Boulder CO Bans GM Crops on County-Owned Land

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gmoIn November 2011, about 250 Boulder County residents attended a public meeting to discuss the planting of GM (genetically modified) crops on county-owned land. Their turnout, together with an anti-GMO (genetically modified organism) recommendation from the county's Food and Agriculture Policy Council, led county officials to vote for a phase out of genetically engineered crops on open space.

This is a powerful testimony to the influence residents can have on their local regulations when they stand together for a cause; you, too, can work toward enacting such a phase out in your area as well.

Boulder's Parks and Open Space Advisory Committee voted 5-4 in support of the Food and Agriculture Policy Council's recommendation to phase out the planting of GM crops on the county's open space.

Currently, about 16,000 acres of county-owned land are planted with genetically engineered corn; the new rule will mean these crops will be transitioned out in favor of traditional GMO-free farming practices.

The area has been a hot-spot for GMO debate since 2009, when local farmers wanted to plant genetically engineered sugar beets in the county.

Following public outcry, County commissioners delayed the farmers' request. Since then, a local survey showed that 56 percent of Boulder County residents supported a ban on GM crops, and now their voices have been heard. As reported by the Boulder Daily Camera, Parks and Open Space Advisory Committee member John Nibarger said:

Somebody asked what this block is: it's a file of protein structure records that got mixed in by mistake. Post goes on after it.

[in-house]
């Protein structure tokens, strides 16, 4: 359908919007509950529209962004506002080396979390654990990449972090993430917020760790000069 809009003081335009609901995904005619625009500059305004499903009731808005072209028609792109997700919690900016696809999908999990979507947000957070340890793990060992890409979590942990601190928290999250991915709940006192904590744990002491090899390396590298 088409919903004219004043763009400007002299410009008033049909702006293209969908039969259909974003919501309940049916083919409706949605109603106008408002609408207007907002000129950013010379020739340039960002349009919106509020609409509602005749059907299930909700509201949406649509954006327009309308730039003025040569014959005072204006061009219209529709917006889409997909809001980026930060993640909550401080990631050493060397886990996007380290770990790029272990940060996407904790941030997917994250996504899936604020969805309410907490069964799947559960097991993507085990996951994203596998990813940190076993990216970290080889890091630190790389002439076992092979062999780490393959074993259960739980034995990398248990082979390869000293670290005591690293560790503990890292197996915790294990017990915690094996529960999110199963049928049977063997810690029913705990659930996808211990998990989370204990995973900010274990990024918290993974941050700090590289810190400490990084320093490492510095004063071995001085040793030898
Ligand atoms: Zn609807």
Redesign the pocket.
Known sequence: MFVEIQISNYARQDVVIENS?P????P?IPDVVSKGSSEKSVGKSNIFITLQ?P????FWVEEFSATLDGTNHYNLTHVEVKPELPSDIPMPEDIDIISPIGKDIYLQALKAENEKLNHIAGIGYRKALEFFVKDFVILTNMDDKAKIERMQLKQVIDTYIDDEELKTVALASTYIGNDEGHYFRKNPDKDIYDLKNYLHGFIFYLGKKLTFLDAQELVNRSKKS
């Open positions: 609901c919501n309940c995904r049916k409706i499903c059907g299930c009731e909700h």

"There's the voters' side of this, and there's the farmers' side of this ... I think we heard rather strongly ... (that a lot of voters) don't want to see GM crops."

The health effects of eating genetically engineered foods are largely unknown, but research to date suggests they may play a role in cancer, birth defects, lung damage, organ disruption, allergies, DNA damage and more.

A 2012 California Ballot Initiative is underway that would require mandatory labeling of genetically engineered foods and food ingredients. If California voters pass this ballot initiative, it will likely be the beginning of the end for genetically engineered food in the U.S.

Several organizations, including Mercola.com, the Organic Consumers Association, the Institute for Responsible Technology, and the Environmental Working Group, are working to generate a tipping point of consumer rejection to make GMOs a thing of the past.

Learn More at Food Freedom

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